The dry environment suits many reptiles, and the park has for example five tortoise species, agamas, many geckos and skinks, monitor lizards, chameleons and 18 snake species. The bird watching is fair. The park has 20 breeding pairs of black eagle.

Accommodation is available in camping sites, bungalows and self-contained bandas. The low altitude parts of the park are hot during summers, while the mountain areas are cool all year round.

Camdeboo National Park
Camdeboo National Park covers 145 km2/56 sq mi in the Eastern Cape Province, and is situated some 600 km/370 mi north-east of Cape Town and 250 km/155 mi north-west of Port Elizabeth, which has the closest domestic airport.

Most of the park consists of scrubs and grasslands at 740–1,480 m/2,430– 4,855 ft altitude at the foot of the Sneeuberg mountain range. Compassberg, a 2,504 m/8,215 ft peak within the range, is found to the north, and peaks covered by snow during winters can be seen outside of the park to the east. There is a 10 km2/4 sq mi dam in the park, which offers many great views.

There is some mammal wildlife, which can be viewed from vehicles, including steinbuck, springbuck, blesbok and white-tailed gnu in open land, and kudu, bush duiker and African buffalo in denser vegetation. Mountain zebras are sometimes seen in the mountains. More than 225 bird species have been recorded, including ostrich, lesser honeyguide, Namaqua dove and pale chanting goshawk.

Camdeboo National Park is in an area of hot summers and winters that may get very cold.

Mountain Zebra National Park
Mountain Zebra National park is situated in Eastern Cape Province, some 800 km/500 mi from both Cape Town and Johannesburg, and 280 km/175 mi from Port Elizabeth. The park is dominated by the Bankberg Mountains, where the open land and deep valleys are home to a fine mountain zebra population. Other species in the area are African buffalo, black rhino, red hartebeest and gemsbok. The most common mammal predator is the caracal, a small to medium sized cat. The bird life includes ostrich, blue crane, black eagle and honeyguides.

The summers are hot, while winter nights may get cold. Most rain falls during the winter and early summers, but not more than 390 mm/15 in per year.

Table Mountain National Park
Table Mountain National Park protects the Table Mountain just south of Cape Town in the Western Cape Province. It is an area of mixed nature and a nice flora. There is some bird life, although it's far from overwhelming. The mammal wildlife is mainly limited to hyrax.

Agulhas National Park
Agulhas National Park is situated by the sea 230 km/145 mi east of Cape Town, and consists of a windy coastal plain on the southmost point of Africa. There are many plant species, including some 100 endemics, and the bird watching is good. Whales, dolphins and porpoises may be seen in the ocean.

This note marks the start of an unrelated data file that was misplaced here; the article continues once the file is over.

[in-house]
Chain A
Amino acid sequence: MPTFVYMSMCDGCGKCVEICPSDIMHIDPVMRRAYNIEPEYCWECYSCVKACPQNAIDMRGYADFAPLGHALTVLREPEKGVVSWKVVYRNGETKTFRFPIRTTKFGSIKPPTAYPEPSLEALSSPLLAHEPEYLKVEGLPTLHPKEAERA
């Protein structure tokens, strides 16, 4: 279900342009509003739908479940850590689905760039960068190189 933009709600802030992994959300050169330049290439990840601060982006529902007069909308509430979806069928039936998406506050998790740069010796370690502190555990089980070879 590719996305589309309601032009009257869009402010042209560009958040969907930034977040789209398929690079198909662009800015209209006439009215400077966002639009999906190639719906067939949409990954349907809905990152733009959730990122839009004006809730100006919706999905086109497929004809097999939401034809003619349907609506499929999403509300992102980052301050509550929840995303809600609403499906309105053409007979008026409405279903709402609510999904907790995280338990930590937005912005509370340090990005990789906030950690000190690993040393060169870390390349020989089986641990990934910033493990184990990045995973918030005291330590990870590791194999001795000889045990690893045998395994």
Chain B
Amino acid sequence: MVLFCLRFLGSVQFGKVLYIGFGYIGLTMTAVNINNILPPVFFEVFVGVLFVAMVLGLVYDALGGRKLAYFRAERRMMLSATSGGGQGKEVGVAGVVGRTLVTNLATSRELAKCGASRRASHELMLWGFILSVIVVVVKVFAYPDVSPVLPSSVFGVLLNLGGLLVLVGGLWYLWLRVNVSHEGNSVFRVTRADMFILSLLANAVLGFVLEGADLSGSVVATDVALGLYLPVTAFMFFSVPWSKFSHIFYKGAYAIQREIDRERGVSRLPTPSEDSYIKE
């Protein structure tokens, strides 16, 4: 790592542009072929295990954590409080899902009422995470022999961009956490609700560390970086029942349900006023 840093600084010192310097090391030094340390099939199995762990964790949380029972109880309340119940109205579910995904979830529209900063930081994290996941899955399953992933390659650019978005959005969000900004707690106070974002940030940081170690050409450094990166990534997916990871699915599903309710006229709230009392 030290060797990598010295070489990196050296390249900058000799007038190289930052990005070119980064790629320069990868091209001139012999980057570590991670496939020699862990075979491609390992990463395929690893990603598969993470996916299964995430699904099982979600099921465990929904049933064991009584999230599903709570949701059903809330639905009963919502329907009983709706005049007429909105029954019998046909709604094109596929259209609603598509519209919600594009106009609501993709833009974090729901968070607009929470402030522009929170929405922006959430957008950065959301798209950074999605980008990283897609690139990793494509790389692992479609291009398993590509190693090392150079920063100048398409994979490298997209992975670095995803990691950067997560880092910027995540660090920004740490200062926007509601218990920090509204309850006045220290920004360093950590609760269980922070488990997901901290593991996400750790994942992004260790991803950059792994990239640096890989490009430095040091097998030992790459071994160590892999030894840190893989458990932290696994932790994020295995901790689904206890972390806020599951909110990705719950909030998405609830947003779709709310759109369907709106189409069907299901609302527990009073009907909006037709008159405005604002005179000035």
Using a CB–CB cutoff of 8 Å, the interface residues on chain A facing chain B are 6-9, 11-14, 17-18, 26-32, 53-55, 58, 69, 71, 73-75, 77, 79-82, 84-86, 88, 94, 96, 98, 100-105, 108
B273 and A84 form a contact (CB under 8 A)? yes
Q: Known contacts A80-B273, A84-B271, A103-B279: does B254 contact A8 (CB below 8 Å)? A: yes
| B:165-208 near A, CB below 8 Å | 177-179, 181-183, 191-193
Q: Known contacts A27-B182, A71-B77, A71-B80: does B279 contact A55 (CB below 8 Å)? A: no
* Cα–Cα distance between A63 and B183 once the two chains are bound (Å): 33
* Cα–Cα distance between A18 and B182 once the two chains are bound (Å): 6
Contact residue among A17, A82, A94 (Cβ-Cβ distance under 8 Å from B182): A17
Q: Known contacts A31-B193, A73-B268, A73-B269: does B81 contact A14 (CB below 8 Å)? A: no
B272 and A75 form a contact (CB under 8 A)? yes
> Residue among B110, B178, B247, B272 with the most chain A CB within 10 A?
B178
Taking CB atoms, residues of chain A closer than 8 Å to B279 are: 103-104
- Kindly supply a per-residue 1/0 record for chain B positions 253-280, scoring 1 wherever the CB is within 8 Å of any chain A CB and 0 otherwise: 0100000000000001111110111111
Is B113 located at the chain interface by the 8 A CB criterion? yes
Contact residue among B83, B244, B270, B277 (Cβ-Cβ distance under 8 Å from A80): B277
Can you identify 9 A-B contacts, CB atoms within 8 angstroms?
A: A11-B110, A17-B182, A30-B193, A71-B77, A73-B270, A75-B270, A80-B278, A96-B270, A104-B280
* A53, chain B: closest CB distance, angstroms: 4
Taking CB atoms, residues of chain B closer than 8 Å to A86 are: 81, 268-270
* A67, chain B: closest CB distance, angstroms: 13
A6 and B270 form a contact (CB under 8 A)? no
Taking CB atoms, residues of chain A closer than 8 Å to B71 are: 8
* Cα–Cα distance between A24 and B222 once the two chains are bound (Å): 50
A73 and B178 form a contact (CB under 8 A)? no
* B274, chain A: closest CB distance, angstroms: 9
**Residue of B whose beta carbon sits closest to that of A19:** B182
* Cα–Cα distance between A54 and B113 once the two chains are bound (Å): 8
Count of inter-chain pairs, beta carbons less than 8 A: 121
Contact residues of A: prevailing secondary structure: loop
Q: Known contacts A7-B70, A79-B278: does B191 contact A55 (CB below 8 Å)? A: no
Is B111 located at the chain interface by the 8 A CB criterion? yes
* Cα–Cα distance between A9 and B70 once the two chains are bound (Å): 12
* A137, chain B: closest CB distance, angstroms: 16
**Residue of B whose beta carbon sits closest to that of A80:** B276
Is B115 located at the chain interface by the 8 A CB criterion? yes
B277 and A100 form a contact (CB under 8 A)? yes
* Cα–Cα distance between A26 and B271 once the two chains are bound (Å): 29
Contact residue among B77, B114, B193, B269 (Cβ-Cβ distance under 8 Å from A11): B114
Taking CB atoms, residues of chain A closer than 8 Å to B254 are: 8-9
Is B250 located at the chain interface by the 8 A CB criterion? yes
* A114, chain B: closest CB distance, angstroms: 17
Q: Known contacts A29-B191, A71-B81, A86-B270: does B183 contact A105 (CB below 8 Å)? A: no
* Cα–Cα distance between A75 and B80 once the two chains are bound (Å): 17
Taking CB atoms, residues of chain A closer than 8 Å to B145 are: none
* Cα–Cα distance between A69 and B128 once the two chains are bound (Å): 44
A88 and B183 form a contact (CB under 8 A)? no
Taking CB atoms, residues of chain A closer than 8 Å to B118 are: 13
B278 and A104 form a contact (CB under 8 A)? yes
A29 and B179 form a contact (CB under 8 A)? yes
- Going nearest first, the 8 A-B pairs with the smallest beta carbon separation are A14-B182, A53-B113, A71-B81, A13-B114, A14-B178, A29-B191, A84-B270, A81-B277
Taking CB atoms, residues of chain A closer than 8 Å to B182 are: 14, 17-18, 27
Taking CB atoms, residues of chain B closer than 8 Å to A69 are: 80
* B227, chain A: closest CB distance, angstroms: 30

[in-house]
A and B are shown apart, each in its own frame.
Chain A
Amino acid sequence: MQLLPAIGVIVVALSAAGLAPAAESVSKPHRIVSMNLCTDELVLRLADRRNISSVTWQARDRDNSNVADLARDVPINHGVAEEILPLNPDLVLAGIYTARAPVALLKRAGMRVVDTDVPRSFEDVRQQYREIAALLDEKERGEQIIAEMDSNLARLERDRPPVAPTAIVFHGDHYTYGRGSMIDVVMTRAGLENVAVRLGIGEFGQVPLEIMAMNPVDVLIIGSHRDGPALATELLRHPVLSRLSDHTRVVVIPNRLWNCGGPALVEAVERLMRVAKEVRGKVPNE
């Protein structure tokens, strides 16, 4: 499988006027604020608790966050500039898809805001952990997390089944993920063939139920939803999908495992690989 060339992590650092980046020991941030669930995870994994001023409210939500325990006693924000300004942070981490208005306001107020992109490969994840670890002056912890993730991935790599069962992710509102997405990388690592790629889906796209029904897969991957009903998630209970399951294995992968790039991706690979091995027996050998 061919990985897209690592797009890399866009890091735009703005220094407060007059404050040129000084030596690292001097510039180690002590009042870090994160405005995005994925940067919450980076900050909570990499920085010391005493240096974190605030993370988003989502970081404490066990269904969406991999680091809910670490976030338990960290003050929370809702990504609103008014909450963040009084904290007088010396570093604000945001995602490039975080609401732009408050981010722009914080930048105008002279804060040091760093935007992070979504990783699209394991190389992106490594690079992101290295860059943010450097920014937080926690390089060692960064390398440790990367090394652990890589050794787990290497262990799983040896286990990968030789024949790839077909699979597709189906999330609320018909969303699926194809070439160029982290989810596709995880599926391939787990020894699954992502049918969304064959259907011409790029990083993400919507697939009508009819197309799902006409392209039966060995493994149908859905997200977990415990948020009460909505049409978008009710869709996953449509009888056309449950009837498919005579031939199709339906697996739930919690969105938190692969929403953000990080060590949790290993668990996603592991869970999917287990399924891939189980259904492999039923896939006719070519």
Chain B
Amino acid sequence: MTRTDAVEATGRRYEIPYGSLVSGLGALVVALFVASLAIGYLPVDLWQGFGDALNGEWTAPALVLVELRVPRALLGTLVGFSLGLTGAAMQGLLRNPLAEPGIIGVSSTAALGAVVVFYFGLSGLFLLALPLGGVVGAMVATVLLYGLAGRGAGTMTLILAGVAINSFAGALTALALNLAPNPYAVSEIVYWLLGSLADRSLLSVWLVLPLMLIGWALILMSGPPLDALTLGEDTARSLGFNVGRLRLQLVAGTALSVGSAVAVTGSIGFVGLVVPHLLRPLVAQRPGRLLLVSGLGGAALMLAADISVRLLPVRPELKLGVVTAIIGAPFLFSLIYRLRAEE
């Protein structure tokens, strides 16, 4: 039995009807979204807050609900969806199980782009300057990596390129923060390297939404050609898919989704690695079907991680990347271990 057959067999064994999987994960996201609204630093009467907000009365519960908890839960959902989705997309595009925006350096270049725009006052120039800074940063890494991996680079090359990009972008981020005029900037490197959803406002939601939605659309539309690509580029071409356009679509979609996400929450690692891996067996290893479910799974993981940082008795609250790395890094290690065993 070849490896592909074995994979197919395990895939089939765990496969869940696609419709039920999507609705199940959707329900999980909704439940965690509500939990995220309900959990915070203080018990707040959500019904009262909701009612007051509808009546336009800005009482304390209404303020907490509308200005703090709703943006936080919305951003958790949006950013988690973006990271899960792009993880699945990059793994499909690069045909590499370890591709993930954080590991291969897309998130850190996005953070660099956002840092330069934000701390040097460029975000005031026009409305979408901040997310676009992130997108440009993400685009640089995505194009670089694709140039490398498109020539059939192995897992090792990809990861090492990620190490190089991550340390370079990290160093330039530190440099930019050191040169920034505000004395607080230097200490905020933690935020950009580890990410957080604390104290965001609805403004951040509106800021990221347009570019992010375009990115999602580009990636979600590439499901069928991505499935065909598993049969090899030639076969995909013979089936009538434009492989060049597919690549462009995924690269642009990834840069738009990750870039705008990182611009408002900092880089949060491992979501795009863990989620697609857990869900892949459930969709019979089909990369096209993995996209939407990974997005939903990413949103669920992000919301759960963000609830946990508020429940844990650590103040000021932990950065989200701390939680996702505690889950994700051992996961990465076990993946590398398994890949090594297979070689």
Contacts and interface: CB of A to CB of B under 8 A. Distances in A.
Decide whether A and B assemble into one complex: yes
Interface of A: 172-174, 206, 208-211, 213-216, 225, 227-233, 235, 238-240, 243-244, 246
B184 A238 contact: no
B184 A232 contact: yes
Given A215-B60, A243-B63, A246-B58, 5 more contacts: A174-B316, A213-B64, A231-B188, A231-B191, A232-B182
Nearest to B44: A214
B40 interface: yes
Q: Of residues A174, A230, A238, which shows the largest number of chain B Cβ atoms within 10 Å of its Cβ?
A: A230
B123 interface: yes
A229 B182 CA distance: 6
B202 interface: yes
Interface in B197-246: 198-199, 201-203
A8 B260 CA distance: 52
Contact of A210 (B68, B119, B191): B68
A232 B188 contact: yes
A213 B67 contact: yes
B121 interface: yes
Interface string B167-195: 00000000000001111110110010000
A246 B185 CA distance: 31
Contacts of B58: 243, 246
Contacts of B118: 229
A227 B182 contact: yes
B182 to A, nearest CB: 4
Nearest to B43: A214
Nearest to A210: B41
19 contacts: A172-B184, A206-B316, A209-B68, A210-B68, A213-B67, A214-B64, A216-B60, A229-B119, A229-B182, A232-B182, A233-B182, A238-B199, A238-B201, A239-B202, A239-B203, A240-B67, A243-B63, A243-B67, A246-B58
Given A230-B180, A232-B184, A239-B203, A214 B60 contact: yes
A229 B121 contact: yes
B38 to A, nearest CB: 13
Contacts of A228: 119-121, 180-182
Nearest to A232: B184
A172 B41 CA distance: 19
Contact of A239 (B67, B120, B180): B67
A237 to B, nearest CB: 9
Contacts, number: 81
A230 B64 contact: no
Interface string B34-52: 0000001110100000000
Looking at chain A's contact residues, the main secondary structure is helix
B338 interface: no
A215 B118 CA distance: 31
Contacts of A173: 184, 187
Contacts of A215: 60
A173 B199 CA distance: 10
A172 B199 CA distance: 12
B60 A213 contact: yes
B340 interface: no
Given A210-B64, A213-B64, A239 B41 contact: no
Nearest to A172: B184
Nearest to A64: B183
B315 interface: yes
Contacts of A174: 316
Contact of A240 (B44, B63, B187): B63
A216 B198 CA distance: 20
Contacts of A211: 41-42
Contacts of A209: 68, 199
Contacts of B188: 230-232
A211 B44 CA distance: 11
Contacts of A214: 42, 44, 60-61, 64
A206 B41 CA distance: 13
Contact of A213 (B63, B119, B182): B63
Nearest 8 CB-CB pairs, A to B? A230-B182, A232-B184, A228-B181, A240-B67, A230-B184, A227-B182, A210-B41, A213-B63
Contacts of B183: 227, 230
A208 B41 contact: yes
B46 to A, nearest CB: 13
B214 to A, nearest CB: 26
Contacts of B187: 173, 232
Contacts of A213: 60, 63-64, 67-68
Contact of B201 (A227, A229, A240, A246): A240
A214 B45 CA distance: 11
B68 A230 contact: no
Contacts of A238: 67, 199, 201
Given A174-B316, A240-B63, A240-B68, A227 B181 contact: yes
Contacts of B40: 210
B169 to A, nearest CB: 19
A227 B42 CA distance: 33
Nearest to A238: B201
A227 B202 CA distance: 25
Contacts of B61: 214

Bontebok National Park
Bontebok (35 km2/14 sq mi) is the smallest national park in South Africa. It is a flat area covered mainly in scrubs and grassland, bordered by the stately Langeberg Mountains. The mountains are fine for trekking, and the Breede River along the park border offers fishing and good canoeing. The park has its name from an antelope called bontebok, and a couple of hundred individuals of these still remain in the park, and you may see them when visiting. Other mammal species are mountain zebra, Cape grysbok (a dwarf antelope), rhebok and red hartebeest. 200 bird species have been recorded.

Wilderness National Park
Wilderness National Park is in the middle of the Garden Route, 450 km/280 mi east of Cape Town and 410 km/255 mi west of Port Elizabeth. It is a pretty park with lakes, rivers, beaches, forests and mountains. It has no safari wildlife, and is rather a recreational area, offering trekking, canoeing, paragliding etc. There are whales and dolphins in the ocean, and the bird watching is interesting.

Knysna National Lake Area
Knysna National Lake Area is a tidal lagoon at the mouth of the Knysna River. There are sandbanks and wetlands surrounded by lakes, beaches and forests. There is no safari wildlife, but a rich bird life including black-winged stilt, African fish eagle and African oystercatcher. All in all, some 280 bird species have been recorded. The park is situated on the Garden Route, 500 km/310 mi east of Cape Town and 300 km/185 mi west of Port Elizabeth.

Tsitsikamma National Park
Tsitsikamma National Park consists of both land and sea, and was the first African marine park established. On land, the park has beaches, rocks and coastal forest, while the sea part consists of tidal zones, reefs and deep-sea fish. Dolphins and southern right whale are sometimes seen.

The combination of forest and coast makes the bird watching interesting. Some birds seen are African finfoot, pied kingfisher, giant kingfisher, narina trogon and crowned eagle.

Tsitsikamma is situated 615 km/380 mi east of Cape Town and 195 km/120 mi west of Port Elizabeth.

Addo Elephant National Park